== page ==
Be sure to see your doctor if your constipation lasts more than three weeks or if you've gone more than four days without a bowel movement, especially if you have other symptoms such as bloating, cramps, pain, and an unusual amount of gas.
If your constipation isn't the result of disease, simply altering your diet or adding extra fiber may get your bowels back in order. Here are a few suggestions:
- Add high-fiber foods to your menu: whole grains, vegetables, nuts, and fresh or dried fruits such as figs, berries, apricots, or prunes. If chewing or swallowing raw vegetables is a problem, then eat them cooked. Whole-grain cereals and high-fiber bran flakes sprinkled on casseroles and other dishes is another option.
- Cut down on high-fat foods, such as fatty meats and cheese, and avoid refined sugars.
- Drink at least eight 8-ounce glasses of water daily, and perhaps a glass of juice as well. (Prune juice really does work as a mild laxative.) Be careful about drinking too much milk, though, because it can lead to constipation.
- Limit caffeinated drinks (such as colas, coffee, alcoholic drinks and tea) that tend to be dehydrating.
- Try to get regular exercise, such as 30- or 45- minute daily walks, because increased activity often relieves constipation. (Check with your doctor before initiating an exercise program, though.)
- Heed your body's warning signs when you need to go to the bathroom, but don't strain or rush.
- Consider biofeedback -- this has been used to treat constipation, with some success, according to the NIDDK.
- Talk with your doctor about any medications that may be causing constipation -- he or she may be able to prescribe another kind.
Should I take laxatives?
Americans spend about hundreds of millions of dollars on laxatives annually, according to the National Institute of Diabetes and Digestive and Kidney Diseases, but they are often unnecessary. Eating a high-fiber diet, staying physically active, and drinking lots of fluids is usually enough to solve the problem. If you need extra help, a natural "fiber" laxative such as psyllium (found in Metamucil) is generally safe and effective in small doses.
Milk of Magnesia or other mild magnesia containing laxatives are considered safe and effective, even over long periods of time. They work by attracting more fluid into the fecal contents of the colon and therefore moving the stool more easily through the gut. (They should be avoided in persons who have kidney failure, however.)
Use stimulant laxatives only as a last resort and only for a short period, or if your doctor prescribes them for you. Although stimulant laxatives help produce rhythmic muscle contractions in the intestine and push stool through to the rectum, prolonged use can train your system to depend on them, result in an enlarged intestine and rectum, and eventually lead to more constipation. These laxatives, including castor oil, bisacodyl, and senna, should be avoided because they can cause vomiting, cramping, and other serious side effects, especially in older people, according to the Medical Sciences Bulletin; their long-term use can lead to dependence. In unusual cases, this dependence results in loose watery stools, it can also dehydrate your body and lead to dangerous electrolyte imbalances.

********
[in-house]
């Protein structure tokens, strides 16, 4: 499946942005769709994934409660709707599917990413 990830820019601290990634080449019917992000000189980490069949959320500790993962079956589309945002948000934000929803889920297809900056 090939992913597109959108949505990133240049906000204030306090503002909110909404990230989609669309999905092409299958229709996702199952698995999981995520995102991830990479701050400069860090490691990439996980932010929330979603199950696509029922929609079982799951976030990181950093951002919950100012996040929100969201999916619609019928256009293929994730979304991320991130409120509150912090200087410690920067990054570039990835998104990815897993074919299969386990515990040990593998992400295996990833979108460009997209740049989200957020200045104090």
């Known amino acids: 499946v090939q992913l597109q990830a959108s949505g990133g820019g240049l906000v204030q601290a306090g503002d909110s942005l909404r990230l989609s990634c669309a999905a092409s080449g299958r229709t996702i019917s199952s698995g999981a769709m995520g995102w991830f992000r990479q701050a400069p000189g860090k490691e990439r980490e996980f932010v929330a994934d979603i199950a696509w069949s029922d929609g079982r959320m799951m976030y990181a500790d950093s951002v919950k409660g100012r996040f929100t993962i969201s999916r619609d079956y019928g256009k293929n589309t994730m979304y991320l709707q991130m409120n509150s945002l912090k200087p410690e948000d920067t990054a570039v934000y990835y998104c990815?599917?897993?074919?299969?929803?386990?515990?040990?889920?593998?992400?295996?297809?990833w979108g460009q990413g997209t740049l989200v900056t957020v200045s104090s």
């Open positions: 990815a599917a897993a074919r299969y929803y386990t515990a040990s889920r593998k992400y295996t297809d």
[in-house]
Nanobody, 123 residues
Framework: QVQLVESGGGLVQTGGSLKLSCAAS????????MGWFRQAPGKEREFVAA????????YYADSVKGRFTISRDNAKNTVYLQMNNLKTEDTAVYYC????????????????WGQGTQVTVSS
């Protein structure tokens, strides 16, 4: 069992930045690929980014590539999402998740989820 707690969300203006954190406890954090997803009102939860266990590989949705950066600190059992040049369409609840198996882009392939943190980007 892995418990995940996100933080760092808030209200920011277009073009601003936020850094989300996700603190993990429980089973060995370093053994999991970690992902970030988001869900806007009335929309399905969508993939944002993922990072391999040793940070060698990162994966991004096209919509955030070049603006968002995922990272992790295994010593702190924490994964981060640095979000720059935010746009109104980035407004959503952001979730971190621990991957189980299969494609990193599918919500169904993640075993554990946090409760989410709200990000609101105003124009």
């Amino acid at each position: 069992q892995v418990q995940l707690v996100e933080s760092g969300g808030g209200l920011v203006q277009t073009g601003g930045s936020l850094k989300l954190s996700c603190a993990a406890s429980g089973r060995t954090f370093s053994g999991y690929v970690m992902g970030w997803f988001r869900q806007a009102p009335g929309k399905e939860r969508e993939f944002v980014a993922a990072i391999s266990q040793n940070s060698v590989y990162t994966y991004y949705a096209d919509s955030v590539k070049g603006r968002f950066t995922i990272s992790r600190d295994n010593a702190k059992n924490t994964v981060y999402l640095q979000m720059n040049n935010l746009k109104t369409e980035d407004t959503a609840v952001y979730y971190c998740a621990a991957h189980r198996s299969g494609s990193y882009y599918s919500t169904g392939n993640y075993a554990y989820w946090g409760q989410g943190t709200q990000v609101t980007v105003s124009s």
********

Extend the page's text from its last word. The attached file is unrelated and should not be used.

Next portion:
Another laxative ingredient to be wary of is mineral oil. When used as a laxative, it allows stool to move more easily through the intestines, but it can interfere with absorption of certain vitamins and medications, including blood-thinning medicines, according to the National Institute on Aging. It can also cause a certain type of pneumonia (lipid pneumonia) if it is inadvertently inhaled into the lungs.
Is constipation serious?
Even a long-standing pattern of constipation is usually not serious, particularly if the pattern is stable. Only if the colonic muscles are paralyzed or if there is a major obstruction of the bowels is it likely to be medically serious. Constipation is also serious if it's associated with symptoms that interfere with your daily functioning or quality of life.
In rare cases, constipation can be a sign of a tumor or of fecal impaction, a serious condition that occurs when a collection of stool obstructs the passage of stool behind it, and stool backs up in the intestines and blocks them. A fecal impaction usually requires enemas and/or manual removal (by gloved hand). When it occurs lower in the colon near the anus, it is easily removed. When it occurs high in the colon, it may be more difficult to remove and require more aggressive measures.
Whatever the cause, if you're more constipated than usual and also have a swollen abdomen and experience steady or severe cramps and vomiting, go to an emergency or urgent care center.
Mayo Clinic. Constipation. http://www.mayoclinic.com/health/constipation/DS00063
National Institute of Diabetes and Digestive and Kidney Diseases. Constipation. http://digestive.niddk.nih.gov/ddiseases/pubs/constipation/
Hsieh C. Treatment of constipation in older adults. American Family Physician.